As I’ve established, the technical differences between PS5 and Nintendo Switch are irrefutable, but when it comes to personal taste, the narrative skews. Before I get into that nonsense, I must point out there’s zero extra content – no additional dungeon, recruits, or weapons. For anyone attracted by costumes, well, that’s here and accounted for. The selection isn’t a massive one, but it includes the patented swimsuits for degenerates – don’t be ashamed and embrace it. There’s also a sprinkling of valuable items meant to help kickstart the journey. Sure, at the end of the day, none of these bonuses come close to comparing to the offerings of other ports, but hey, it’s something. If you ask me, the PS5 variant is the modern approach, while the hybrid goes for that retro look. Since, in my life, portability is king (and I like the old-school filter), my vote goes to Switch.
The PS5 port of YS VIII: Lacrimosa of Dana is a joyous romp that profits immensely from 60fps. No one can dispute how much the silky transitions and animations leave a person salivating in awe. Hell, the mediocre visuals of the original plus the unbridled power of these machines meant character movement and attacks can effortlessly surpass the coveted 60fps, reaching heights that touch 120fps. Of course, given it’s nigh impossible to purchase Sony’s next-generation console, I’m still going to suggest Ys VIII: Lacrimosa of Dana for Nintendo Switch. Sure, almost everything about it falls behind by comparison, but it’s sufficient for that satisfying experience. I should note that based on preliminary tests and my goldfish memory, I don’t believe there’s any censorship either, or at least it isn’t too prevalent to catch my attention. Falcon’s complete artistic vision seems to be intact.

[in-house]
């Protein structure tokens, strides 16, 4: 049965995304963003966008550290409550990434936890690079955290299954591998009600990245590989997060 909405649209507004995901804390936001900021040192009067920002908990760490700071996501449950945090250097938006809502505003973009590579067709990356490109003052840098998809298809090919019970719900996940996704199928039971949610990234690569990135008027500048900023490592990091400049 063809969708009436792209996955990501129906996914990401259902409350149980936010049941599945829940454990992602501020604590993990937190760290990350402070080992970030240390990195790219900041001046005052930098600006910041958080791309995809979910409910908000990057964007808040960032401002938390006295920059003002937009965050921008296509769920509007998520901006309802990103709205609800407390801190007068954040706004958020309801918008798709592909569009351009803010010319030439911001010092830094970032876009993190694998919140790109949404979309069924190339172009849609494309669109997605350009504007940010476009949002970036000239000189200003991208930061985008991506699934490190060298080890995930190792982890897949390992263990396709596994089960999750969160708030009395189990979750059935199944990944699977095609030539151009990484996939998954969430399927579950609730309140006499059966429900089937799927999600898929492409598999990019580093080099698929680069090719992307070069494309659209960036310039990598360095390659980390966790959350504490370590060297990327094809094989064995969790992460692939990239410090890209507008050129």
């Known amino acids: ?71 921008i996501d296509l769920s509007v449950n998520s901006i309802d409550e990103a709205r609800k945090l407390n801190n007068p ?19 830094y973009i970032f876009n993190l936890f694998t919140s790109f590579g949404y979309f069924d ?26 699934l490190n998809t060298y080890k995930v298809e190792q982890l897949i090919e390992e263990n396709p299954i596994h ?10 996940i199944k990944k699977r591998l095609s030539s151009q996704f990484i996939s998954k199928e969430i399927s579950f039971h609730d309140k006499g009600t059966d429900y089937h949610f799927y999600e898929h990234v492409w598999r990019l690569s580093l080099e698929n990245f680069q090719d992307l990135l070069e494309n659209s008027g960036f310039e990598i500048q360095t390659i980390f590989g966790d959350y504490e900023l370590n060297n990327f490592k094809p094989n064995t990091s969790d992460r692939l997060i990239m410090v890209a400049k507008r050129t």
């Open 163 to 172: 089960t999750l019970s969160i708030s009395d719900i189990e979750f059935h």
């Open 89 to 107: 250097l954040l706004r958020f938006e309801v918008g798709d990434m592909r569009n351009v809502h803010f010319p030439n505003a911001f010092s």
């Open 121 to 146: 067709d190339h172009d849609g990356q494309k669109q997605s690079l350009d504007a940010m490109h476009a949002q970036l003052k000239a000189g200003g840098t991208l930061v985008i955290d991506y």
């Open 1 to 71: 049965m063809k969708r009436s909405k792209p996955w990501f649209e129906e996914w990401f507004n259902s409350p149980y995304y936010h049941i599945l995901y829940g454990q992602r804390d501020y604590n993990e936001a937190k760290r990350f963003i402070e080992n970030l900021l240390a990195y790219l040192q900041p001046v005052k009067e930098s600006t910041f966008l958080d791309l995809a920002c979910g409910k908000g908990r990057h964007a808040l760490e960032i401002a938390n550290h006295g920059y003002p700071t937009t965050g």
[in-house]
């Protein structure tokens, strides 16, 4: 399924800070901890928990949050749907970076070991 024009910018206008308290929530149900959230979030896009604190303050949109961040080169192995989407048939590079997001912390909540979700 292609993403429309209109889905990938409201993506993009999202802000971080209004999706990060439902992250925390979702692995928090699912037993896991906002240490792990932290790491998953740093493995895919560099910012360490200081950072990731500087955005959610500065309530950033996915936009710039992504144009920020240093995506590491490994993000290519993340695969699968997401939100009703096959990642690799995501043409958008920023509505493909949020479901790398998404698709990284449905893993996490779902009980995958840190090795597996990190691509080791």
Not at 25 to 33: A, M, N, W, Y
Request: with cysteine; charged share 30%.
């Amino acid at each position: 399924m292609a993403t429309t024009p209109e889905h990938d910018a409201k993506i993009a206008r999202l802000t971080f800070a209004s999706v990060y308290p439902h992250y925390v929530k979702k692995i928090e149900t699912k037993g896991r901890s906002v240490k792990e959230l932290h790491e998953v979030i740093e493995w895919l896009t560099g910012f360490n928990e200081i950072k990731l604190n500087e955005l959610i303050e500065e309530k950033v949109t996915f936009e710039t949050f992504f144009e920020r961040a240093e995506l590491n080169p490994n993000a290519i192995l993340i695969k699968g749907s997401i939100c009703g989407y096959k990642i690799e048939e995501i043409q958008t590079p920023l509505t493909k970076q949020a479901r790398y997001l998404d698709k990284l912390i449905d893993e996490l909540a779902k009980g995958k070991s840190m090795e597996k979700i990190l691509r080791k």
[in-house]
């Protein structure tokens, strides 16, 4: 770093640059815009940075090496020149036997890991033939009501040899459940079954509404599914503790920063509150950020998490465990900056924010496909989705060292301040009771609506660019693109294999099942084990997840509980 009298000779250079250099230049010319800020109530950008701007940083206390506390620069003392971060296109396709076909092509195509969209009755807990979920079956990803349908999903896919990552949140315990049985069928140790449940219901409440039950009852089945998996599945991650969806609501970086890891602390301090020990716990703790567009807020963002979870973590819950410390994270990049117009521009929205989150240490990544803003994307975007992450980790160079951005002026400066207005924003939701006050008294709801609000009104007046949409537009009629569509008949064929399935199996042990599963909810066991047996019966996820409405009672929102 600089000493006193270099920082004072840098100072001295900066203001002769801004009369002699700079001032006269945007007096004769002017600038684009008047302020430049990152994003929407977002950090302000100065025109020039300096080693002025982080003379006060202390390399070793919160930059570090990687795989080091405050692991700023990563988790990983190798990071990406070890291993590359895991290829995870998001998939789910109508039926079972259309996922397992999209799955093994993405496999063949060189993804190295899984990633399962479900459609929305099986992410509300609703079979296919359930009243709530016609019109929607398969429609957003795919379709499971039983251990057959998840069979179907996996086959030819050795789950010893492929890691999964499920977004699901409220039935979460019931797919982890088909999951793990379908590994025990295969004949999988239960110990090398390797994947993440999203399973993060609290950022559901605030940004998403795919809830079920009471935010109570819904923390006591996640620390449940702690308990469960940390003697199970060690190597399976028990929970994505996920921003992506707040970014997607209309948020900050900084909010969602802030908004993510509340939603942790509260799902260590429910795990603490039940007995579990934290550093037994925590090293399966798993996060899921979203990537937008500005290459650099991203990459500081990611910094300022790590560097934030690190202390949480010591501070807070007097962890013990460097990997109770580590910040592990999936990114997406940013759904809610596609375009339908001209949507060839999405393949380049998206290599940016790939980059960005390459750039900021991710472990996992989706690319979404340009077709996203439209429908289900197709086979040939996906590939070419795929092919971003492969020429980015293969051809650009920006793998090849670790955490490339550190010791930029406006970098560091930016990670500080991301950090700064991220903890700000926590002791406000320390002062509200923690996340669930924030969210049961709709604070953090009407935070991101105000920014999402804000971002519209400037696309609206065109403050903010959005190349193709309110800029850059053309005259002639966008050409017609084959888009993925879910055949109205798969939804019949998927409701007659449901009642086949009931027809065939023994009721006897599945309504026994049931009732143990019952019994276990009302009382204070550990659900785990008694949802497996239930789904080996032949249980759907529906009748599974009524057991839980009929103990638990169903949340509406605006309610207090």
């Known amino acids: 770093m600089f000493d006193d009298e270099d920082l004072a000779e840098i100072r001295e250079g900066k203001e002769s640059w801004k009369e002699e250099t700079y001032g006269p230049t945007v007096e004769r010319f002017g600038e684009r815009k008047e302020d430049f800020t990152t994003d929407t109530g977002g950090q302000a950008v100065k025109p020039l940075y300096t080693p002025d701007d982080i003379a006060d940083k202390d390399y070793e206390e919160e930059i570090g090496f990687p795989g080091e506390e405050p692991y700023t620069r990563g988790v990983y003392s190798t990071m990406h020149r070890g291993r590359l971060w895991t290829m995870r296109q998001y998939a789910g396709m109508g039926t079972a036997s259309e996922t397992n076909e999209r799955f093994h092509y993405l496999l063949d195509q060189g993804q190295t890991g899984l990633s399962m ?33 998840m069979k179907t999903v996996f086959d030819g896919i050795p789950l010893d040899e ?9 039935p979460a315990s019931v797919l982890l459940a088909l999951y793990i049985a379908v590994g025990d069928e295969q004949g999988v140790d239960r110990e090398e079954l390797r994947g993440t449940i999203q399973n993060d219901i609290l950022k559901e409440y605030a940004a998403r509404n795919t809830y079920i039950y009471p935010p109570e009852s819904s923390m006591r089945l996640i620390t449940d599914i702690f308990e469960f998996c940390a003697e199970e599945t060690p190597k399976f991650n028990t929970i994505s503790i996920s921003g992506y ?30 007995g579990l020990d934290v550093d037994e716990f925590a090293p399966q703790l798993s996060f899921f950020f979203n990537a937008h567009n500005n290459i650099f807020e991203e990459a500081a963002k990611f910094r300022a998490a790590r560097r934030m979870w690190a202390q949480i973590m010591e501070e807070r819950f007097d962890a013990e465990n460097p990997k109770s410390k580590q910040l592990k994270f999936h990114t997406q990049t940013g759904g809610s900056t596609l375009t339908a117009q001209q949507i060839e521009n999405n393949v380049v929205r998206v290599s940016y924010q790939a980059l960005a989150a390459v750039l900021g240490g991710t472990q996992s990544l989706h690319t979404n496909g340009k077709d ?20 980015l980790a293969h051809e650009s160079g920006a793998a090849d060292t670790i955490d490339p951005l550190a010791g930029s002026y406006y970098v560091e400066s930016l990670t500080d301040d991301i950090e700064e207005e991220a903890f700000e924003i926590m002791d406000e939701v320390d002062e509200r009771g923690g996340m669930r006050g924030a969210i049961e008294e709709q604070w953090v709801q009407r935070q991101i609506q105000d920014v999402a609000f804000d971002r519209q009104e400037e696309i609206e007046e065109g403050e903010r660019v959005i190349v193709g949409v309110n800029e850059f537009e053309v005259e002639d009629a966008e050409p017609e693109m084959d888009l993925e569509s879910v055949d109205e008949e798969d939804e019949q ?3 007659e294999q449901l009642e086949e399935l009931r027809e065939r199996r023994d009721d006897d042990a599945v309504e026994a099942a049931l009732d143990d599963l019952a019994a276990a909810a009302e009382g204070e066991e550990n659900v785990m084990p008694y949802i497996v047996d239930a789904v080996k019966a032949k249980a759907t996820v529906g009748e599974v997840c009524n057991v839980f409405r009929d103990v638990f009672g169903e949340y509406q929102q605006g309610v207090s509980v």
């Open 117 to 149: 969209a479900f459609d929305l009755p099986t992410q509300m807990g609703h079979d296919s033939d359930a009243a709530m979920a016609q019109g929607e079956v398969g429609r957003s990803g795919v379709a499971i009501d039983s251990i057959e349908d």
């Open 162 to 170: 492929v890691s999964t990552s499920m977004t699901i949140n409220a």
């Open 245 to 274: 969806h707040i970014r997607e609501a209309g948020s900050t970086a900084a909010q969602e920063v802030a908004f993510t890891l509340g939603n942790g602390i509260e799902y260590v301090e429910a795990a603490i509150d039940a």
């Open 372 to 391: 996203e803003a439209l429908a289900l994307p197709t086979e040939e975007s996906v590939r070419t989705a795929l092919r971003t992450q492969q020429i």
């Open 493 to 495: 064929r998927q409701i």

The refinement is there and every issue from the Nintendo Switch version is gone. There’s no mistaking this is the most visually impressive edition of Ys VIII: Lacrimosa of Dana.
While simple, the gameplay loop is super addictive. There’s fighting monsters and getting materials. Then turning those same materials in to craft. The only downfall is some may find the cycle gets repetitive.
The music is where Ys VIII: Lacrimosa of Dana truly shines. I didn’t mind the voice acting, but there were a good amount of points that could have been delivered with more oomph. The intended impact of the scene was watered down by not having it.
Fun Factor: 10
I adored the loop. It made for brisk action of cutting up my enemies and then going back to craft better weapons and equipment. There are hardcore modes for anyone looking for a challenge too!
Final Verdict: 9.0
Ys VIII: Lacrimosa of Dana is available now on PS4, PS5, PlayStation Vita, Nintendo Switch, and Android.
Reviewed on PS5.
A copy of Ys VIII: Lacrimosa of Dana was provided by the publisher.